Indiana Daily Student

IU officials warn university population of scams present on campus

Members of the IU Police Department and a university official said students and staff need to be aware of the threat of scams present here on campus year round, but it is especially important with tax season approaching. 

IUPD posted a tweet Nov. 9 about the threat of scams for students at IU. 

IUPD Deputy Chief Bunger said scams occur year-round on campus. He said the IUPD regularly releases videos to warn people and remind them of scammers’ techniques. 

Members of the IU community can call the IUPD non-emergency line at 812-855-4111 or email to report scams, Bunger said. 

International students can be targeted more often because they are in a new country and atmosphere, Bunger said. He said the IUPD works closely with the Office of International Students to promote asking questions when it comes to suspicious messages. 

“If it seems too good to be true, it is,” Bunger said. 

IUPD detective Nate Koontz said a large portion of the scams committed on campus happen on social media.

There have been around 30 to 50 reports of scams this semester here at IU Bloomington, Koontz said. 

Koontz said a lot of scams happen through Instagram direct messages. He said once the conversation is started, the scam artist will start asking for pictures and personal information.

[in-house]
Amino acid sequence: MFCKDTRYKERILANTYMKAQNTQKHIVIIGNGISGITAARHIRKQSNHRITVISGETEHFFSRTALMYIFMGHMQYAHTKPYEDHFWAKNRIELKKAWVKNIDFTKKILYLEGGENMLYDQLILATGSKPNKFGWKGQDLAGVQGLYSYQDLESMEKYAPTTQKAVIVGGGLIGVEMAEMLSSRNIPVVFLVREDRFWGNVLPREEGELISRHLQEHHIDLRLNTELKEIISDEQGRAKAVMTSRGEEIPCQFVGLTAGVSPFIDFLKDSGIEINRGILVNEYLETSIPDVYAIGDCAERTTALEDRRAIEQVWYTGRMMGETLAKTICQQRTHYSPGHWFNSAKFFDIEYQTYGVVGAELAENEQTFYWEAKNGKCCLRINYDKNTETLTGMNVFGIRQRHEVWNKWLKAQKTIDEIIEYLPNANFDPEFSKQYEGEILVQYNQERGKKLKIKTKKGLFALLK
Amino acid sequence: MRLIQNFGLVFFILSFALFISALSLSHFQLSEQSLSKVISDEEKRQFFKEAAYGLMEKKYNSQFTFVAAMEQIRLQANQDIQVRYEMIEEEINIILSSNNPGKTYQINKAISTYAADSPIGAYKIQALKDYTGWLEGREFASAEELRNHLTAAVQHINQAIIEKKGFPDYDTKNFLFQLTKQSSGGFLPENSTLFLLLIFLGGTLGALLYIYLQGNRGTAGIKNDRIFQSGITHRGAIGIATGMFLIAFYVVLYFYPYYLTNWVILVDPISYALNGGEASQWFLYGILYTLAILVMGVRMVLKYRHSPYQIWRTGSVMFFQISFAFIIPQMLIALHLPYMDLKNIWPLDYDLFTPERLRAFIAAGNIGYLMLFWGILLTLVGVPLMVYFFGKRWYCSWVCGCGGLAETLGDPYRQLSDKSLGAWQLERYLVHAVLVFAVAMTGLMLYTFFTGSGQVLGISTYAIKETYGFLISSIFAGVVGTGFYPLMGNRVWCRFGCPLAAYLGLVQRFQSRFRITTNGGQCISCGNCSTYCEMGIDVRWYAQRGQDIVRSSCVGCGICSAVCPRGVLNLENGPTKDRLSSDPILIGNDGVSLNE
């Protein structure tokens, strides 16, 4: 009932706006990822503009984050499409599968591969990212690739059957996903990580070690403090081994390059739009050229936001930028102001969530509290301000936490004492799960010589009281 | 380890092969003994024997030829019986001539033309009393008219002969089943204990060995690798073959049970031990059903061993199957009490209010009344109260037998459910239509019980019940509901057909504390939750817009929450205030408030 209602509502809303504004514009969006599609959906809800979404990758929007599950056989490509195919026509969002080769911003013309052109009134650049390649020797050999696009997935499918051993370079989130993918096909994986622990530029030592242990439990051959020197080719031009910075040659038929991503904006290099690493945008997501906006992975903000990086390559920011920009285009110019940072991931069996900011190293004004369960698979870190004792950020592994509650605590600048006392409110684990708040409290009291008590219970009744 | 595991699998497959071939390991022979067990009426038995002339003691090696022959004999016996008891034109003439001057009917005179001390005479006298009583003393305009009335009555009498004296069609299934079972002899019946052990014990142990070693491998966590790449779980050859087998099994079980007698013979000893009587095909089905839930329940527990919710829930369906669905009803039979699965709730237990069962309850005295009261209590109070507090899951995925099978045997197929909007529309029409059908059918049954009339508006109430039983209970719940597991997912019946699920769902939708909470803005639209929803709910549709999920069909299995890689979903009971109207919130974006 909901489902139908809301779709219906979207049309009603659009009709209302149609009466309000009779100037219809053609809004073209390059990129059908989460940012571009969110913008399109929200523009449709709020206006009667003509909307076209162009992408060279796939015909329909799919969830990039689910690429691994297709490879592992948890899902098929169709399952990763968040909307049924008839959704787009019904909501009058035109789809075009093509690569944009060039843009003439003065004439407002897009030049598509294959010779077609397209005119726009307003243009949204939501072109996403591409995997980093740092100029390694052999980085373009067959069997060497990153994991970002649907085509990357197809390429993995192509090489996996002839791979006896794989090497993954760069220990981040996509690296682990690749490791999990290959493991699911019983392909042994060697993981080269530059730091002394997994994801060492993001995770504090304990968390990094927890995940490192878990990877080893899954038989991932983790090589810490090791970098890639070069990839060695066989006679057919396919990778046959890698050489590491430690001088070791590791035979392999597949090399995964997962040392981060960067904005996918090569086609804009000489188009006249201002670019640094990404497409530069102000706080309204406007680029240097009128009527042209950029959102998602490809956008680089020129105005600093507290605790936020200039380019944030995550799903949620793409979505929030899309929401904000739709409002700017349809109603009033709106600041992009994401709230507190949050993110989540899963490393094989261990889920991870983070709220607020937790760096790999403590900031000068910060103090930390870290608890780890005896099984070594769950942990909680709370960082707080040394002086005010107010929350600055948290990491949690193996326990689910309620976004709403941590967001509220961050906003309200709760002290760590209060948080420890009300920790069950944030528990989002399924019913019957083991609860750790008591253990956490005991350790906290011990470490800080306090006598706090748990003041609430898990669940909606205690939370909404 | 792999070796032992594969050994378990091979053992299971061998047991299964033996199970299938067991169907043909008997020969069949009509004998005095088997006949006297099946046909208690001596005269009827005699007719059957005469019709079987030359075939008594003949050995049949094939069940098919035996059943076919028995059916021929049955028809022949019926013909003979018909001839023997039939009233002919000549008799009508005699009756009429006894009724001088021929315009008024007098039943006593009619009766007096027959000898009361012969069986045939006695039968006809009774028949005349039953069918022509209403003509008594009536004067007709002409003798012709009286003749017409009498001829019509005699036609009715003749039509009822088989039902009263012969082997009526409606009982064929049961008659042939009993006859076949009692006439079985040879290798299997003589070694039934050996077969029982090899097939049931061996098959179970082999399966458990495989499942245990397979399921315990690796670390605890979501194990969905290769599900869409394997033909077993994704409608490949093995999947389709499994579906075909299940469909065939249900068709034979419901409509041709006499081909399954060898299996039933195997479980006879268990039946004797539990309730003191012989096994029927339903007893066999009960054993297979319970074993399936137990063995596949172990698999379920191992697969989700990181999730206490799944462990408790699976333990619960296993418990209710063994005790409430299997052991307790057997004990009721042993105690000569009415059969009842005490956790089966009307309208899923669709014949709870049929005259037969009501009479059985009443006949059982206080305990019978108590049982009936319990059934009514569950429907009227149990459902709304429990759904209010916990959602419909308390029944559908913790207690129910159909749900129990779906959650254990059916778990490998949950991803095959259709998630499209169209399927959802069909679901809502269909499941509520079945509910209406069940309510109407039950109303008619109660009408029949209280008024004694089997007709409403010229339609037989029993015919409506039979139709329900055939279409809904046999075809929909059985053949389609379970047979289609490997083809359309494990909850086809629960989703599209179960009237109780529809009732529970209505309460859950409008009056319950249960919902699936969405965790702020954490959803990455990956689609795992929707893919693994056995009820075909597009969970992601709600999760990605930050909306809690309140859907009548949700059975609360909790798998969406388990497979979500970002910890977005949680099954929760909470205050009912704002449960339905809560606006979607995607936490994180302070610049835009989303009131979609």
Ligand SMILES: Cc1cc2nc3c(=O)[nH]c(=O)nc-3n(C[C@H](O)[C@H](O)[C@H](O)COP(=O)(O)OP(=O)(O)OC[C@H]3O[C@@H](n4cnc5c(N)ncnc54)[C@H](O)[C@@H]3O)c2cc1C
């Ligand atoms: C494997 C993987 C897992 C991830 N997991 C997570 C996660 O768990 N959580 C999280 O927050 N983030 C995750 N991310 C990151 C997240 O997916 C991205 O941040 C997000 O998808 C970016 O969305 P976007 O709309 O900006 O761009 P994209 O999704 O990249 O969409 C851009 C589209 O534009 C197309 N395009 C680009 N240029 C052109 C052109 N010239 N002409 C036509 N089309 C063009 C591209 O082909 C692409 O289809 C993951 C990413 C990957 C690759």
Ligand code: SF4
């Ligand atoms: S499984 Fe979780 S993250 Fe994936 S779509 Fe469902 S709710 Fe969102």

“If you do not know this person, certainly do not get into a conversation with them,” Koontz said. “They will hold the information and pictures they receive hostage.” 

Von Welch, IU associate vice president of information security, said University Information Technology Services works with the IUPD to get any evidence from the scam email and then works to block the user from getting to the others in the community.

Scams can come in any and all communication channels, including spam emails, Welch said. 

UITS tries to protect the IU community by filtering out these spam emails before they get to anyone’s inbox, Welch said. He said UITS will also protect people from these hostile emails by flagging scams as they come into their emails. 

The hope is the security works well enough here at IU that no one actually sees it, Welch said. 

Welch said people still need to be more cautious when checking emails from outside the university. 

“What creates a greater sense of urgency is seeing someone pretend to be your boss or a campus official,” Welch said. 

It is important to check the scammers’ email address when they do not have IU accounts, Welch said. He said and the UITS website both have information on how to keep yourself secure from these imposters.

“Make sure you are talking to who you think you are talking to,” Welch said. “Take the moment to look up the email address and make sure it is a legitimate request.”

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